Central Mexican Union Mission

By Alejandro Meza Gómez, and Jorge Alberto García Pérez

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Alejandro Meza Gómez, B.S. (Universidad Nacional Autónoma de Mexico, Ciudad Mexico, Mexico), has been a high school teacher at the Educational Center Ignacio Manuel Altamiro in Central Mexican Union Mission for 10 years. He is married to Giselle Martinez Mendoza.

Jorge Alberto García Pérez has been Central Mexican Union Mission’s executive secretary and ADRA Mexico director since 2016. He also served as district pastor and department director in Metropolitan Mexican Conference, as secretary and president of Azteca Mexican Conference, and as department director of Central Mexican Union Mission since 1997.

Central Mexican Union Mission is one of the Seventh-day Adventist unions in the Republic of Mexico. Its territory includes the states of Aguascalientes, Guanajuato, Mexico, Mexico City, Michoacán, and Querétaro plus the northern portion of the state of Guerrero.

Central Mexican Union Mission is one of the Seventh-day Adventist unions in the Republic of Mexico. Its territory includes the states of Aguascalientes, Guanajuato, Mexico, Mexico City, Michoacán, and Querétaro plus the northern portion of the state of Guerrero. Its area’s total population is 47,115,933.1 The main language of this territory is Spanish. A number of communities in the states of Mexico, Guanajuato, Guerrero, Michoacán, and Querétaro preserve their native languages, which include Amuzgo, Chichimeca Jonaz, Maya, Mazahua, Mazateco, Mixtec, Nahuatl, Otomi, Pame, Purépecha, Tlapaneco, Totonac, and Zapotec.2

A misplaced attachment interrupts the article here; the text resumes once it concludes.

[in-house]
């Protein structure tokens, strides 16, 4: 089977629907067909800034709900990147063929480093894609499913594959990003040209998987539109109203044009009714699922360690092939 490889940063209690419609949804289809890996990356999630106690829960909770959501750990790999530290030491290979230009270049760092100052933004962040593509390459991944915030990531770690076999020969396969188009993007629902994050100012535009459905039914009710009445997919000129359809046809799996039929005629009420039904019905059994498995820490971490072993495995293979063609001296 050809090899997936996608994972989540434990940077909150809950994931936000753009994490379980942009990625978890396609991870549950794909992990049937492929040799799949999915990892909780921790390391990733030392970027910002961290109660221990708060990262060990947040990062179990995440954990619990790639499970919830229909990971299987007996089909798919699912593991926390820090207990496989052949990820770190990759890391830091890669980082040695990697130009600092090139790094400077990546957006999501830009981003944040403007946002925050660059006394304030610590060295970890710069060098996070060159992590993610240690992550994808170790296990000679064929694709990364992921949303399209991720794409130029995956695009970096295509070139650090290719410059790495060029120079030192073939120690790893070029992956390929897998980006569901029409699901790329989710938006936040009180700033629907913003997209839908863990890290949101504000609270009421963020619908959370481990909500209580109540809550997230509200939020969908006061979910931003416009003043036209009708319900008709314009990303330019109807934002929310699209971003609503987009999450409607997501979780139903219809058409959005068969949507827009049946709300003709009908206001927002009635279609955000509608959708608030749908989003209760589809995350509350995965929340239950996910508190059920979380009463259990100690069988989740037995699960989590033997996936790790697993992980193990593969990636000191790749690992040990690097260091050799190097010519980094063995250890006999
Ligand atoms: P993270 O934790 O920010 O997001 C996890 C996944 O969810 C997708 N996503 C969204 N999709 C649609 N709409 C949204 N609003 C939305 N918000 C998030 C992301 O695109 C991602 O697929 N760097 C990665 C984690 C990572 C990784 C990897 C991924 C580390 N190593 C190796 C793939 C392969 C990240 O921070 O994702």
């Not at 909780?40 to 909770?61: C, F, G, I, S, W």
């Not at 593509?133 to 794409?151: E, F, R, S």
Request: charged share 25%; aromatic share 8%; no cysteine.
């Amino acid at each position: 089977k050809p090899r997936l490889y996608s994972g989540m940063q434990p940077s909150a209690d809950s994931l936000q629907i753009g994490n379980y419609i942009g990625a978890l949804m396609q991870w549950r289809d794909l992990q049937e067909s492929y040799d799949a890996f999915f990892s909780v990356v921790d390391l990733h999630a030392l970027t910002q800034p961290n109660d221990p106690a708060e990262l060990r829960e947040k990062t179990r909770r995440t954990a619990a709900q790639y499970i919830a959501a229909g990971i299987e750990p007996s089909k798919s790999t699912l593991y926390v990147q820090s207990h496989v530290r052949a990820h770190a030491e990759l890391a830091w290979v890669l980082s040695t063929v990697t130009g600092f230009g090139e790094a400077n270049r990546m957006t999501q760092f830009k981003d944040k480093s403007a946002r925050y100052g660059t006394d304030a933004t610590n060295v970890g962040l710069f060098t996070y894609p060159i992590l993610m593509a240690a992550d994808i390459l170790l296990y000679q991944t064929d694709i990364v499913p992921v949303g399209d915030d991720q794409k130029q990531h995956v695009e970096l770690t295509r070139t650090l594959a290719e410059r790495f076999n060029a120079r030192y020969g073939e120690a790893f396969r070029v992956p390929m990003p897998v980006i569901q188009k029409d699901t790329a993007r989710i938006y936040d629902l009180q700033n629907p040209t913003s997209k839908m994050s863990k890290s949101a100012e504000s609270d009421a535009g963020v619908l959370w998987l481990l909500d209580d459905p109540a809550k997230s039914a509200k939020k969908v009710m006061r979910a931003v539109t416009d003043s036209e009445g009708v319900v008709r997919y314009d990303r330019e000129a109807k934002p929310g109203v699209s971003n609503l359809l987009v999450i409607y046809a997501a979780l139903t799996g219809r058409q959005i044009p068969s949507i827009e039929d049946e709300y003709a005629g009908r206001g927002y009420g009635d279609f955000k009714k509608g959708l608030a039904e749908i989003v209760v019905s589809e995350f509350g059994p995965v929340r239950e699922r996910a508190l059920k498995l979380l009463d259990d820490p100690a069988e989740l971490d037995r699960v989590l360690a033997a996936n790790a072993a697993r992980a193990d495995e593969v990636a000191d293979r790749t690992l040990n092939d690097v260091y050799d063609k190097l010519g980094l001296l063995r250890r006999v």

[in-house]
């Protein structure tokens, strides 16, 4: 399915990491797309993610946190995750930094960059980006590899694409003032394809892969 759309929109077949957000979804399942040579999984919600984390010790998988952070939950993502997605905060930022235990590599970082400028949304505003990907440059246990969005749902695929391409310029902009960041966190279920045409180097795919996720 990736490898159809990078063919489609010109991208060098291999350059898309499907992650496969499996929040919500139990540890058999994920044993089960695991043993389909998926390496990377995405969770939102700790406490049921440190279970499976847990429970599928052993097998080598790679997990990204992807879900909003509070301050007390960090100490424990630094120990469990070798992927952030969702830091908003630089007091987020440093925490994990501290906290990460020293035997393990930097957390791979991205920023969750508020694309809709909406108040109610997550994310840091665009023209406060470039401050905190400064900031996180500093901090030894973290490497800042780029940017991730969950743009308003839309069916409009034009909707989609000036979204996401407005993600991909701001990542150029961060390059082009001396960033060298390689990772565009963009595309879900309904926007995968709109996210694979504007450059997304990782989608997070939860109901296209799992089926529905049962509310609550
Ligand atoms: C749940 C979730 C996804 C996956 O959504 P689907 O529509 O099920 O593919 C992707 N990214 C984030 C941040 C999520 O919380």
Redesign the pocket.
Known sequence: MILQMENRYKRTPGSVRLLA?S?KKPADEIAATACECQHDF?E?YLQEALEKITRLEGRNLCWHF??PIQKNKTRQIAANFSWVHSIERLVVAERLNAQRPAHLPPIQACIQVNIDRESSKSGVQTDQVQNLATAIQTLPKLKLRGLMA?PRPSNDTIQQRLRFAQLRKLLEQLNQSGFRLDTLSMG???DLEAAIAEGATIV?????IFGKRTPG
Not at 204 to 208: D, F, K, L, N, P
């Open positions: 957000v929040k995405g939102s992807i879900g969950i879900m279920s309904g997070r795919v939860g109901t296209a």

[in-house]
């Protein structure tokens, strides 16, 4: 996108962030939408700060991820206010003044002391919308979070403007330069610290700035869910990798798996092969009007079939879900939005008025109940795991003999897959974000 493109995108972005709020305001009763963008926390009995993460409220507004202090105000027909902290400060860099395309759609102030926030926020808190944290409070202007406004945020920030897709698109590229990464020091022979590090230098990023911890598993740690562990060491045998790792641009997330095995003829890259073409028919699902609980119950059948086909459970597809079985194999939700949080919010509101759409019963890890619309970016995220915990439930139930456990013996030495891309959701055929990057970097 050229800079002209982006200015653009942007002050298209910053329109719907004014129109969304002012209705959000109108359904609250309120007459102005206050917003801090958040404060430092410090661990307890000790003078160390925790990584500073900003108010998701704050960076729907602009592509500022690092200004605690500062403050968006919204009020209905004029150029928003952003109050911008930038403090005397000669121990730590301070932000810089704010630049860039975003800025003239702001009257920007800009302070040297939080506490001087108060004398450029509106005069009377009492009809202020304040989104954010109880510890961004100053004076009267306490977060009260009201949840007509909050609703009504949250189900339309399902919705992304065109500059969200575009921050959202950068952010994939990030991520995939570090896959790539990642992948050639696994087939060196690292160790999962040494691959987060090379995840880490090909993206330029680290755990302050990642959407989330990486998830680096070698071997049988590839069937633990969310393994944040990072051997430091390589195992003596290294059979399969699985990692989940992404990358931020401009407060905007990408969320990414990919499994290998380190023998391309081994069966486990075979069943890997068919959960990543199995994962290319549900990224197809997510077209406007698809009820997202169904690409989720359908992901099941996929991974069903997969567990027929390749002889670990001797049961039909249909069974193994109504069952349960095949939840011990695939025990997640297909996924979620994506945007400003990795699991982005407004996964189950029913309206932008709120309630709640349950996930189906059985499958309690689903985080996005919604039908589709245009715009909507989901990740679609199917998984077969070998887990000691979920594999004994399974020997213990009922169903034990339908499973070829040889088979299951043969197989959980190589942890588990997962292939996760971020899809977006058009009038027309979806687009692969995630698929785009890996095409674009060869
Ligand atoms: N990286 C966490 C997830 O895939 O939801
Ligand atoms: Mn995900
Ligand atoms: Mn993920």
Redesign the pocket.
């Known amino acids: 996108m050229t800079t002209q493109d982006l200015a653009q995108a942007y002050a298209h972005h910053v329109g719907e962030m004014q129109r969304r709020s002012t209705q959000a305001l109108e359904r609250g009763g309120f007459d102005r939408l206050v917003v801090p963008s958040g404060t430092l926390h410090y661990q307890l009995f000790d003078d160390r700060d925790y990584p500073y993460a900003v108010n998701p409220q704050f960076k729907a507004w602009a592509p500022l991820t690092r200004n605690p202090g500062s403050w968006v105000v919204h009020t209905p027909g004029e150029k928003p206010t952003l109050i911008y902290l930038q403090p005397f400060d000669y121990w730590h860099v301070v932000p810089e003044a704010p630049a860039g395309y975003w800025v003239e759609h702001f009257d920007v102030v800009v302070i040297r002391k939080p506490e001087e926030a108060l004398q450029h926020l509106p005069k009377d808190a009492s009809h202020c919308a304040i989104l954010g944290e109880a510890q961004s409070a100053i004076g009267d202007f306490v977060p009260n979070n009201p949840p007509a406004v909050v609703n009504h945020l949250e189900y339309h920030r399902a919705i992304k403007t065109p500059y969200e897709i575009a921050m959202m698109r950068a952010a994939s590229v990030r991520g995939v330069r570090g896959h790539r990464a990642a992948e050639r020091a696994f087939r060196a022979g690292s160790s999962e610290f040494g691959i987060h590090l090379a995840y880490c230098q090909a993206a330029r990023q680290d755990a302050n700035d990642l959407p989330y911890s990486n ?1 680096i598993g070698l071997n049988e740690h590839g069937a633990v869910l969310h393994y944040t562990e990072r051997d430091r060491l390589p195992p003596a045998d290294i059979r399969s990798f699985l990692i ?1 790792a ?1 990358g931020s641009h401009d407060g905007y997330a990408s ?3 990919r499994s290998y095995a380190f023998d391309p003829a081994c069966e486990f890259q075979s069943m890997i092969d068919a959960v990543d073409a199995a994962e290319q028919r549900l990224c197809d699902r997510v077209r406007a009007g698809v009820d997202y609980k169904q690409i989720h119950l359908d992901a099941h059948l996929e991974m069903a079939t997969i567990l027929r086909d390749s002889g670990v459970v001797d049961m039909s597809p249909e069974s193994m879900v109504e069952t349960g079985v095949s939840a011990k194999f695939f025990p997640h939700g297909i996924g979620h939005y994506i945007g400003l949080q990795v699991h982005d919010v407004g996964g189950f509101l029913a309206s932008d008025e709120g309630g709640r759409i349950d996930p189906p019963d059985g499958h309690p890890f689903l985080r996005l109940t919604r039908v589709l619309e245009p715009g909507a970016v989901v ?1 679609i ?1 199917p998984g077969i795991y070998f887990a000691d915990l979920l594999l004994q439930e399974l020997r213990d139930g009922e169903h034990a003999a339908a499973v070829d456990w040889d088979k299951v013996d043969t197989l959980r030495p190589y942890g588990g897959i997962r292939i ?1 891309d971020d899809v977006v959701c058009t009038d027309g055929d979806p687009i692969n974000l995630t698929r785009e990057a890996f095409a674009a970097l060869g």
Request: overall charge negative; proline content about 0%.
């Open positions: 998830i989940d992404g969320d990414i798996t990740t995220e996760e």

In June 2018, Central Mexican Union Mission was comprised of Azteca Mexican Conference, Bajío Mexican Conference, Metropolitan Mexican Conference, Valley Mexican Mission, and Mexiquense Mission. The union had 86,886 members, 244 churches, 153 organized companies, 79 pastoral districts, 303 church buildings, 57 ordained pastors, 42 licensed ministers, 44 workers with missionary licenses, 70 workers with missionary credentials, 48 colporteurs, and 130 teachers in five schools.3 Its institutions included a hospital offering medical services to the community, a campground, and a publishing house named GEMA Editores.

Organizational History

In 1891, Salvador Marchisio, a colporteur, arrived to introduce the Adventist message to Mexico City. In the Mixcoac area, “Steps to Christ” went up in flames in what became the first book burning, but that did not hinder the spread of the message. In the fall of 1891, L. C. Chadwick published two articles in “The Advent Review and Sabbath Herald” about visiting Mexico on his way to Argentina.

On February 17, 1893, the General Conference voted to send a missionary group to begin church work in Mexico. Dan T. Jones visited the country to find a location for a medical mission. In January 1894, the first group of workers arrived, including Jones and his family, Lilis Wood and Idada Crawford as a medical team, and Ora Osborne as a teacher. They founded a clinic and a school in the city of Guadalajara. In 1895, Dr. J. H. Neall joined this group.

Up to that moment, all publications were in English, and the workers were English speakers. In 1896, the first Spanish Seventh-day Adventist periodical, El amigo de la verdad (“The Friend of Truth”), was published. In 1901, it changed its name to El mensajero de la verdad (“The Messenger of Truth”).

In 1897, George W. Caviness, former president of Battle Creek College, and his wife arrived in Guadalajara. Caviness was assigned to translate the Bible into Spanish while his wife was assigned to work in education. With the active support of Dr. J. H. Kellogg, Guadalajara Sanitarium opened its doors in 1899. Caviness and the non-medical workers moved to Mexico City and located in Tacubaya in the same year.